What is Montessori Education?

Montessori is a method of education that is personalised to each child’s learning style, stage of development, and interests. Children develop complete academic and wellbeing foundations through hands-on experience, real-world application, and problem-solving using the Montessori Method of education.

The Montessori Method of Education

Montessori is a method of education that was developed by Doctor Maria Montessori. It’s worldwide and has proven successful for more than 100 years. It offers a broad view of education as an aid and a preparation for life.

Maria Montessori started her career as a Doctor; however, through her work with underprivileged children, she moved from medicine to education. She used her training as a scientist to observe how children learn and applied this to develop a better way to educate children with astounding results.  

In 1907, Doctor Maria Montessori opened her first Casa Dei Bambini’ or ‘Children’s House’ for young children who weren’t old enough to attend school. Within one year of applying her new method of education, many of her students were able to read, write, and do basic mathematics. News of her success spread across Europe, and the Montessori Method, as it came to be known, took off world-wide. 

What’s most unique about Montessori is the prepared environment, which is also known as the Montessori classroom. It’s unlike anything you would see in a standard childcare centre because it’s filled with educational materials that link learning outcomes to children’s needs and interests at specific stages of their development. 

Each material teaches a specific learning outcome that progressively builds children’s knowledge and skills. Through repetition and practice, children master the five areas of the Montessori Curriculum, which includes: Practical Life, Sensorial, Mathematics, Language, and Culture.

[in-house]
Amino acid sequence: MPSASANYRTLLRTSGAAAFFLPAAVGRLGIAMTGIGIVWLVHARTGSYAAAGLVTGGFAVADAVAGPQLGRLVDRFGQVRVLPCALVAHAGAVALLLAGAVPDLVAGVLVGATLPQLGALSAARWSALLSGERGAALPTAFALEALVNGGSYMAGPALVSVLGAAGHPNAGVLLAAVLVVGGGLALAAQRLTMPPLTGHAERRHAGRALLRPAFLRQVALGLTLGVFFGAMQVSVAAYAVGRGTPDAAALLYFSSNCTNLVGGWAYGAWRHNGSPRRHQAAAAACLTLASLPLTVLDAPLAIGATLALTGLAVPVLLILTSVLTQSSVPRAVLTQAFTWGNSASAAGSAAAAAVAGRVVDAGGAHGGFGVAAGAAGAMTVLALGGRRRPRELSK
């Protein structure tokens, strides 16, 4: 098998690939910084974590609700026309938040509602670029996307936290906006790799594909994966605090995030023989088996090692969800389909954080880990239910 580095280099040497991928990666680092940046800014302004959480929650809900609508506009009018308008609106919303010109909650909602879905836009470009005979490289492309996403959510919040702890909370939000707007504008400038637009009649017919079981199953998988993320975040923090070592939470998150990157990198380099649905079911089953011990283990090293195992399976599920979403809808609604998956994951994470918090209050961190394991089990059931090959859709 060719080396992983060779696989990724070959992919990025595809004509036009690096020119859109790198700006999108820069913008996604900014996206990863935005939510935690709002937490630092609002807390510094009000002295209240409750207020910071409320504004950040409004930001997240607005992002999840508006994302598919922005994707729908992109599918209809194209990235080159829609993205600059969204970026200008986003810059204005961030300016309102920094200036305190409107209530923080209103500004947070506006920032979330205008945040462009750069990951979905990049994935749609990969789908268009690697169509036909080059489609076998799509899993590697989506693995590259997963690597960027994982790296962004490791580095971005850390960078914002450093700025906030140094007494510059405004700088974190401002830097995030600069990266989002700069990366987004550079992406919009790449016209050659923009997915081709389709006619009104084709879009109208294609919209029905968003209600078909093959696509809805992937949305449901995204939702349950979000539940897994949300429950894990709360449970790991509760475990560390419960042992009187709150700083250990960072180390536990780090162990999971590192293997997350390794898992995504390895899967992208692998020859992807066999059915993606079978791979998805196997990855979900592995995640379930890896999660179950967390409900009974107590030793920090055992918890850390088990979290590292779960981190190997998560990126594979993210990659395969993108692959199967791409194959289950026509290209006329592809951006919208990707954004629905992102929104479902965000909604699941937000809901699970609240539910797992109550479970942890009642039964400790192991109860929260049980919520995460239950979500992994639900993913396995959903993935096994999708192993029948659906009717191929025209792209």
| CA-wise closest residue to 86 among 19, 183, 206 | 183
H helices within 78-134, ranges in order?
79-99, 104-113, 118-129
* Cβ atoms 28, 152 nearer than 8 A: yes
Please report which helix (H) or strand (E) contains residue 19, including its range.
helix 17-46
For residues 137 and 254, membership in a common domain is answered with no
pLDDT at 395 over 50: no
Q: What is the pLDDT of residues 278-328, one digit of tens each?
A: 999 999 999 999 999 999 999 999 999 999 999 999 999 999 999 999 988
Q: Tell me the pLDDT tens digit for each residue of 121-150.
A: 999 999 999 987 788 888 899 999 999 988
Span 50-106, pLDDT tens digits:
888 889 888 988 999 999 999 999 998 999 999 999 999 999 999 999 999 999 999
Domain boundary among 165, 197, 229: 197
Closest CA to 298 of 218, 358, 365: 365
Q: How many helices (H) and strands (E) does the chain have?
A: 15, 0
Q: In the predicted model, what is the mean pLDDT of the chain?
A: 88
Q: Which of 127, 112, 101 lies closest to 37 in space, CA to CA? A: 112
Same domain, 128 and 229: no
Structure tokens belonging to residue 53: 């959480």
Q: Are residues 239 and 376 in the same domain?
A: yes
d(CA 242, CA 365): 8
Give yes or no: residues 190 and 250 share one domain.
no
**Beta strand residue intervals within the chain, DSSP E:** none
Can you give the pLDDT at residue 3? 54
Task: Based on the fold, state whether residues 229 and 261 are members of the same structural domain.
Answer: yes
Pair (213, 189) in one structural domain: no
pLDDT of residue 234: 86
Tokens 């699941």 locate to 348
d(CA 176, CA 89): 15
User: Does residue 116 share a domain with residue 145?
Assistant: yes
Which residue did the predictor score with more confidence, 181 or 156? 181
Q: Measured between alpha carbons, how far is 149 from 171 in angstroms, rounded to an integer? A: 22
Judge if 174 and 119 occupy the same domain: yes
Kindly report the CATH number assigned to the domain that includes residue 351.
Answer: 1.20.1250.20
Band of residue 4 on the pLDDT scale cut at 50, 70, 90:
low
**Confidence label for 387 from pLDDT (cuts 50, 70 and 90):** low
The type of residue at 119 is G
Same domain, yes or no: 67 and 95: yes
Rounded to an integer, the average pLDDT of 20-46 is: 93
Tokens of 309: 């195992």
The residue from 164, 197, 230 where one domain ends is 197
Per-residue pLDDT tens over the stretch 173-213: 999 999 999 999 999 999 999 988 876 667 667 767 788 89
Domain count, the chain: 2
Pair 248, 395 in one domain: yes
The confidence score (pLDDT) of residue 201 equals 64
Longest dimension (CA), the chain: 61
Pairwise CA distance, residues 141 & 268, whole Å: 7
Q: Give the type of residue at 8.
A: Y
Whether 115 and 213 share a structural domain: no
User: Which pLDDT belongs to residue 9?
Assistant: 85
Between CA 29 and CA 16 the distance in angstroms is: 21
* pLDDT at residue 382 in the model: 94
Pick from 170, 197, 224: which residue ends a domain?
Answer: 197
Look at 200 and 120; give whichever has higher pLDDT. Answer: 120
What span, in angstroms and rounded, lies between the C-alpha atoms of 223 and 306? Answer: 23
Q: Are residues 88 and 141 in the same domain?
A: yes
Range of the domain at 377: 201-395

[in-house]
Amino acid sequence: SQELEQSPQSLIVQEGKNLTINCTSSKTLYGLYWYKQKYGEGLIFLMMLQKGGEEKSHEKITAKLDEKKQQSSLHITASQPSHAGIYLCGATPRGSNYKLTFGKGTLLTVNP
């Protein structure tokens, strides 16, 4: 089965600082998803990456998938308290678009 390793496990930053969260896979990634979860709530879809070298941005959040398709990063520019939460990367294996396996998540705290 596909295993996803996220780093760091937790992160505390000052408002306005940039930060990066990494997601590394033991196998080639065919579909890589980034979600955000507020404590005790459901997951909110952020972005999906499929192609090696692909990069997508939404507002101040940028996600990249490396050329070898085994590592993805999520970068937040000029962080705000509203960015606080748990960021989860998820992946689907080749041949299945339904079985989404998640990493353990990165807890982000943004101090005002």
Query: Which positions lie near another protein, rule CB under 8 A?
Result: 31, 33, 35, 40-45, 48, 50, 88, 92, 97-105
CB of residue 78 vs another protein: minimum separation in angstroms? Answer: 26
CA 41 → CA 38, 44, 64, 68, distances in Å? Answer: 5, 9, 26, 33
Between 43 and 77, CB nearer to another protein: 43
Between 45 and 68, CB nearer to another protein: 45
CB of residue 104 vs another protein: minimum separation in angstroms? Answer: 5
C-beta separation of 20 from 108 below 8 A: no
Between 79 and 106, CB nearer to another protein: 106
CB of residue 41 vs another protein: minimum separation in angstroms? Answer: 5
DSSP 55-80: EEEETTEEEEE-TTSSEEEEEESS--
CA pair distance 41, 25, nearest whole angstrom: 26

The role of the Montessori educator within this space is to observe what children are drawn to, and introduce them to the materials that link to those interests, so learning is always purposeful and engaging.

This is why Montessori works. It recognises that children learn in different ways, and at different paces, and Montessori meets them where they’re at. It provides children with a learning environment where they have respect, independence, and the freedom to direct their own learning experience. This results in high levels of motivation to learn, and children who love learning, naturally apply themselves and do well.

How is Montessori Education Different?

  •  Personalised Curriculum
  • One-on-one lessons
  • Flexibility in development
  • Learning through hands-on experience
  • All learning styles are addressed
  • Children make choice and decisions
  • Freedom of movement
  • Montessori materials make abstract concepts concrete

Key Elements of Montessori Education 

Prepared Environment